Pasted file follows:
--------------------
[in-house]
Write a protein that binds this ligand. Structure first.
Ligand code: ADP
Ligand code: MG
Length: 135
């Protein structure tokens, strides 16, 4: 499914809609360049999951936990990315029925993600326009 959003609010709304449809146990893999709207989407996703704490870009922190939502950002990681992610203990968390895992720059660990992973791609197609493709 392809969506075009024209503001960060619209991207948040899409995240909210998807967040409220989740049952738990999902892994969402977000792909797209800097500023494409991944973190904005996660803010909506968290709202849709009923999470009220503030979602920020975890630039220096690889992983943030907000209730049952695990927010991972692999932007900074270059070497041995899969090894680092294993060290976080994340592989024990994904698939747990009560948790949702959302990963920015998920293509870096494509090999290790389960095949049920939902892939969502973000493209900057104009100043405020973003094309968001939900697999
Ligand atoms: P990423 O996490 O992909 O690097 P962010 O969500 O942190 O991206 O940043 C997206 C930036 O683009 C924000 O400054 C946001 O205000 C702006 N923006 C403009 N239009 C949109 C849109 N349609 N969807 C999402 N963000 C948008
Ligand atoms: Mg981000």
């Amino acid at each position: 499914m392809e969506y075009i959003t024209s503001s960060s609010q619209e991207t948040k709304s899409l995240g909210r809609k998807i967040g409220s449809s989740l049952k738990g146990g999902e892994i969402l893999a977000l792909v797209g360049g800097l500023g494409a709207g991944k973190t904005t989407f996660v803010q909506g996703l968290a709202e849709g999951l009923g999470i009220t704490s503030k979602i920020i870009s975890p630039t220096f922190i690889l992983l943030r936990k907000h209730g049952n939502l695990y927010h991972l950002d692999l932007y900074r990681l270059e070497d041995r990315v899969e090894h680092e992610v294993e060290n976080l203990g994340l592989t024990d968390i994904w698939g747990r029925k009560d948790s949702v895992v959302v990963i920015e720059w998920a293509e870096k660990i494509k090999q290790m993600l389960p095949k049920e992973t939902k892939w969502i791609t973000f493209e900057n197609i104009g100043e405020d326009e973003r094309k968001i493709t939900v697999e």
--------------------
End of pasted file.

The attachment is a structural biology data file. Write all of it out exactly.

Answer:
[in-house]
Write a protein that binds this ligand. Structure first.
Ligand code: ADP
Ligand code: MG
Length: 135
């Protein structure tokens, strides 16, 4: 499914809609360049999951936990990315029925993600326009 959003609010709304449809146990893999709207989407996703704490870009922190939502950002990681992610203990968390895992720059660990992973791609197609493709 392809969506075009024209503001960060619209991207948040899409995240909210998807967040409220989740049952738990999902892994969402977000792909797209800097500023494409991944973190904005996660803010909506968290709202849709009923999470009220503030979602920020975890630039220096690889992983943030907000209730049952695990927010991972692999932007900074270059070497041995899969090894680092294993060290976080994340592989024990994904698939747990009560948790949702959302990963920015998920293509870096494509090999290790389960095949049920939902892939969502973000493209900057104009100043405020973003094309968001939900697999
Ligand atoms: P990423 O996490 O992909 O690097 P962010 O969500 O942190 O991206 O940043 C997206 C930036 O683009 C924000 O400054 C946001 O205000 C702006 N923006 C403009 N239009 C949109 C849109 N349609 N969807 C999402 N963000 C948008
Ligand atoms: Mg981000």
């Amino acid at each position: 499914m392809e969506y075009i959003t024209s503001s960060s609010q619209e991207t948040k709304s899409l995240g909210r809609k998807i967040g409220s449809s989740l049952k738990g146990g999902e892994i969402l893999a977000l792909v797209g360049g800097l500023g494409a709207g991944k973190t904005t989407f996660v803010q909506g996703l968290a709202e849709g999951l009923g999470i009220t704490s503030k979602i920020i870009s975890p630039t220096f922190i690889l992983l943030r936990k907000h209730g049952n939502l695990y927010h991972l950002d692999l932007y900074r990681l270059e070497d041995r990315v899969e090894h680092e992610v294993e060290n976080l203990g994340l592989t024990d968390i994904w698939g747990r029925k009560d948790s949702v895992v959302v990963i920015e720059w998920a293509e870096k660990i494509k090999q290790m993600l389960p095949k049920e992973t939902k892939w969502i791609t973000f493209e900057n197609i104009g100043e405020d326009e973003r094309k968001i493709t939900v697999e």